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PPT – VIBRATION AND WAVES Sound and Light PowerPoint presentation | free to download - id: 7a38a4-MTlmM

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VIBRATION AND WAVES Sound and Light

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Pendulum

Pendulums Period

- The time required for one complete vibration, for

example, from one crest to the next crest, is

called the pendulum's period and is measured in

seconds. The formula to calculate this quantity is

The formula to calculate this quantity is

- where
- L is the length of the pendulum in meters
- g is the gravitational field strength, or

acceleration due to gravity

FREQUENCY

- The frequency of a pendulum represents the number

of vibrations per second. This quantity is

measured in hertz (hz) and is the reciprocal of

the pendulum's period.

EXAMPLE 1

- What Would Be the Period of a Pendulum Located at

Sea Level If It Is 1.5 Meters Long?

Solution 1

- 2.46 seconds

EXAMPLE 2

- If the pendulum's length were to be shortened to

one-fourth its original value, what would be its

new period?

SOLUTION 2

- 1.23 Seconds

EXAMPLE 3

- At sea level, how long would a pendulum be if it

has a frequency of 2 Hz?

SOLUTION 3

- 6.21 cm

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EXAMPLE 4

- The Sears Building in Chicago sways back and

forth at a frequency of 0.1 Hz. - What is the period of its vibration?

EXAMPLE 4

- The period is 1/frequency.
- 1 vib / 0.1 Hz 1 vib/0.1vib/sec
- 10 sec.

TYPES OF WAVES

- Transverse Wave
- Longitudinal Wave

Longitudinal Wave wave particles vibrate back

and forth along the path that the wave

travels. Compressional Wave

Transverse waves wave particles vibrate in an

up-and-down motion.

Longitudinal Wave

Transverse Wave

http//www.phy.ntnu.edu.tw/ntnujava/index.php?topi

c14.0

Wave Speed

Wave Speed

- Speed Wavelength Frequency

Example 5

- 4. A ruby-throated hummingbird beats its wings at

a rate of about 70 wing beats per second. - What is the frequency in Hertz of the sound wave?
- b. Assuming the sound wave moves with a velocity

of 350 m/s, what is the wavelength of the wave?

Solution 5

- f 70 Hz and
- wavelength 5.0 m

Example 6

- Ocean waves are observed to travel along the

water surface during a developing storm. A Coast

Guard weather station observes that there is a

vertical distance from high point to low point of

4.6 meters and a horizontal distance of 8.6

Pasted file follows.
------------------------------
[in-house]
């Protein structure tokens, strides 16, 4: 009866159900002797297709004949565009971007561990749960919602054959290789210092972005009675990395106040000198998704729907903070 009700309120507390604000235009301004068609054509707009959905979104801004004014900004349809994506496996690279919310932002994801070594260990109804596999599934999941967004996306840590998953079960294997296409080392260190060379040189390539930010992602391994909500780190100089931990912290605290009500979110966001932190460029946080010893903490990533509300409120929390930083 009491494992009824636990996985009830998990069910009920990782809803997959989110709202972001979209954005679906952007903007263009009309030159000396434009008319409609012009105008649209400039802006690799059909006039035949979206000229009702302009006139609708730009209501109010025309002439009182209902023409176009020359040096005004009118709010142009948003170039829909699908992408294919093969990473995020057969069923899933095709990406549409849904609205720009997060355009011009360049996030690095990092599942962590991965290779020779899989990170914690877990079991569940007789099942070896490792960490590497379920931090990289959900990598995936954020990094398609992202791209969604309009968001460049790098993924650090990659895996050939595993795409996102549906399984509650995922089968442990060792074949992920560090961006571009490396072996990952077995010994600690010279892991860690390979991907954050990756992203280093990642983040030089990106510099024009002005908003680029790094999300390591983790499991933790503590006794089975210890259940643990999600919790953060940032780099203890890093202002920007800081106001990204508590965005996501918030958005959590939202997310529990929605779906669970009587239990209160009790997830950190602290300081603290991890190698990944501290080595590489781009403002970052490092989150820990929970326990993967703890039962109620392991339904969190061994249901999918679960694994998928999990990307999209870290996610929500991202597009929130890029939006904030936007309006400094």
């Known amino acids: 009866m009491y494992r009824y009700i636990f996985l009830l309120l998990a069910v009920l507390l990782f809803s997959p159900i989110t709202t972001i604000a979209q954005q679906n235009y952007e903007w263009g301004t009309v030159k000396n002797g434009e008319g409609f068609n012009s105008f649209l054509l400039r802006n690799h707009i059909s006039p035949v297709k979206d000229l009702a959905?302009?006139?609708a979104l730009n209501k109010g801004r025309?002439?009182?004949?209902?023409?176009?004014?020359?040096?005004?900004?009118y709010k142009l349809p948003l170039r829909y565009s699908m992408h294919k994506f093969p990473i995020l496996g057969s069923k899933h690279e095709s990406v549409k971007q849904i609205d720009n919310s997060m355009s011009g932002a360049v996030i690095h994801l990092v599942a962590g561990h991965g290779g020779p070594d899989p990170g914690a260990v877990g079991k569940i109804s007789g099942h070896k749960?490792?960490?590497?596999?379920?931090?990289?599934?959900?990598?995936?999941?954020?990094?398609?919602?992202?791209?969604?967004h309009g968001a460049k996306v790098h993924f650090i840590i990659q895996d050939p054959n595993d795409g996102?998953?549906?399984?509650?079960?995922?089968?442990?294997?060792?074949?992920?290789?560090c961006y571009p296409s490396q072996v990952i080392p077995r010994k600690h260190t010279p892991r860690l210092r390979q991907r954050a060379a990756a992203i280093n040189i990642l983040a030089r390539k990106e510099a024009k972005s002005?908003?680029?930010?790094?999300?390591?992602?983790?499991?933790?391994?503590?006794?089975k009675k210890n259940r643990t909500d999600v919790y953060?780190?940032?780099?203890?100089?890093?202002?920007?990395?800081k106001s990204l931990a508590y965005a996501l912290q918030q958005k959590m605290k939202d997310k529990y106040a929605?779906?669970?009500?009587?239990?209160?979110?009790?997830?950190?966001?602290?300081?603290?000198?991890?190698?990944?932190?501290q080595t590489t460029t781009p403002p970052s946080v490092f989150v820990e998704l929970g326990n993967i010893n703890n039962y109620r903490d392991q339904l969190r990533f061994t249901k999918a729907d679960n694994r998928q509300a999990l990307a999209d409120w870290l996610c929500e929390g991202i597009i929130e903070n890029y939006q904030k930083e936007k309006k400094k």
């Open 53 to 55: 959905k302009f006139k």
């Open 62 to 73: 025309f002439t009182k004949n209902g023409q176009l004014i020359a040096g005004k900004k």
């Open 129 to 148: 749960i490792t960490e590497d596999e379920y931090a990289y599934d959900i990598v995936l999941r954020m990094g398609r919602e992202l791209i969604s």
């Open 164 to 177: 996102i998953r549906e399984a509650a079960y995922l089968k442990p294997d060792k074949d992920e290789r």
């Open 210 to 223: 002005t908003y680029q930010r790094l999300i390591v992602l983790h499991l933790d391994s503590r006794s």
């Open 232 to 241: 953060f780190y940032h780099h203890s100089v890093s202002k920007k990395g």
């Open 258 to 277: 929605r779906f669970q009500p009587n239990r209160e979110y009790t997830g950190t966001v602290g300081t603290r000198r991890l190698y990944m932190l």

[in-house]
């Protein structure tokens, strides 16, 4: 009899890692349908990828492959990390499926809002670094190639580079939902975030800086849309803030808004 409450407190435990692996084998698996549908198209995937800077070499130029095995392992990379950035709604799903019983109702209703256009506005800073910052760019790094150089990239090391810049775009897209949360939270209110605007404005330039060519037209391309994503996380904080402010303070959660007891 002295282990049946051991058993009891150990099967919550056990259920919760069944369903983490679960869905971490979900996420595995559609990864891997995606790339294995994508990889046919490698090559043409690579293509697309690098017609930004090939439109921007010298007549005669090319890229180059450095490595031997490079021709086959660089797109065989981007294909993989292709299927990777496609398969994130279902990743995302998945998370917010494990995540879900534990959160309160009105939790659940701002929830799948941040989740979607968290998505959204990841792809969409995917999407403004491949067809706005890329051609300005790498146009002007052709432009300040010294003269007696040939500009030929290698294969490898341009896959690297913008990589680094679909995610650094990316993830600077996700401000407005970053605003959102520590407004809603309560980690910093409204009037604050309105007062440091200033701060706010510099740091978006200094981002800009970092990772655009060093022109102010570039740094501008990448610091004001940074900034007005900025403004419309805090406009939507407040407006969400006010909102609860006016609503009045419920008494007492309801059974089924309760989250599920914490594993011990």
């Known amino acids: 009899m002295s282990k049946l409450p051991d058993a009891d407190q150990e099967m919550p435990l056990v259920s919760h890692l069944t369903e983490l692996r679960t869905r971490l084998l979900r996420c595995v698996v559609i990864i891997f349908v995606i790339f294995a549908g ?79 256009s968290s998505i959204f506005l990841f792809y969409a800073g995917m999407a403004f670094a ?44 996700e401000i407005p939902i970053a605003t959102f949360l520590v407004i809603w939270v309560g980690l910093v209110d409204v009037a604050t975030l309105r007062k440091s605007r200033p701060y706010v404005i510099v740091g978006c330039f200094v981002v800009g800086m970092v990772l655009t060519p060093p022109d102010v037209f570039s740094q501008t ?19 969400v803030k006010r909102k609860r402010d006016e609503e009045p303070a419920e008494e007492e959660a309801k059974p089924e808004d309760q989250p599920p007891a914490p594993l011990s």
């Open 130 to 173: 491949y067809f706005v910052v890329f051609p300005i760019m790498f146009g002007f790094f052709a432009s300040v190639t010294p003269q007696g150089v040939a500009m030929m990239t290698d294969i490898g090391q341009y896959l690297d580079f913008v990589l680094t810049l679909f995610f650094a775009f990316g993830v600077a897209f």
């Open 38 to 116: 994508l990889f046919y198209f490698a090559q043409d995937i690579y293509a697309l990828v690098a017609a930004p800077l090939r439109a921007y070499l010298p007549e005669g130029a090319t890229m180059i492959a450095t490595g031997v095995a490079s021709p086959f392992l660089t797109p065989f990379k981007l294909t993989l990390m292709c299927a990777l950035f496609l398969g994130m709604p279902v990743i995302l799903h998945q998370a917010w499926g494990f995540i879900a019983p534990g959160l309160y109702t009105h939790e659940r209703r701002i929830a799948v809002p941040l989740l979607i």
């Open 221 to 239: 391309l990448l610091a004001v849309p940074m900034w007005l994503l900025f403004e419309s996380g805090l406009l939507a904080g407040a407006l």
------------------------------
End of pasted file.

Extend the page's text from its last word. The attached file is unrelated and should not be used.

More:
meters between adjacent crests. The waves splash

into the station once every 6.2 seconds.

Determine the frequency and the speed of these

waves.

Solution 6

- The wavelength is 8.6 meters and the period is

6.2 seconds. - The frequency can be determined from the period.

If T 6.2 s, then - f 1 /T 1 / (6.2 s)
- f 0.161 Hz

Solution 6 Contd

- Now find speed using the
- v f wavelength equation.
- v f wavelength
- (0.161 Hz) (8.6 m)
- v 1.4 m/s

Example 7

- Two boats are anchored 4 meters apart. They bob

up and down, returning to the same up position

every 3 seconds. When one is up the other is

down. There are never any wave crests between the

boats. Calculate the speed of the waves.

Solution 7

The wavelength must be 8 meters The period is 3

seconds so the frequency is 1 / T or 0.333

Hz. Now use speed f wavelength Substituting

and solving for v, you will get 2.67 m/s.

Wave Interference

- Constructive
- And
- Destructive

Constructive Wave Interference

- When the crest of one wave passes through, or is

superpositioned upon, the crest of another wave,

we say that the waves constructively interfere. - Constructive interference also occurs when the

trough of one wave is superpositioned upon the

trough of another wave.

http//id.mind.net/zona/mstm/physics/waves/interf

erence/constructiveInterference/InterferenceExplan

ation2.html

Destructive Wave Interference

- When the crest of one wave passes through, or is

superpositioned upon, the trough of another wave,

we say that the waves destructively interfere. - During destructive interference, since the

positive amplitudes from one crest are added to

the negative amplitudes from the other trough,

this addition can look like a subtraction.

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Doppler Effect

- Some Examples

http//www.wfu.edu/physics/demolabs/demos/3/3b/3B4

0xx.html

http//www.walter-fendt.de/ph11e/dopplereff.htm

Doppler Effect

- When a source of waves and an observer of waves

are getting closer together, the observer of the

waves sees a frequency for the waves that is

higher than the emitted frequency.

Conventional Radar

All weather radars send out radio waves from an

antenna. Objects in the air, such as raindrops,

snow crystals, hailstones or even insects and

dust, scatter or reflect some of the radio waves

back to the antenna. All weather radars,

including Doppler, electronically convert the

reflected radio waves into pictures showing the

location and intensity of precipitation.

Doppler Radar

Doppler radars also measure the frequency change

in returning radio waves.

Doppler Effect Wave

Barrier Wave

Barrier (2D) Shock (3D) Wave

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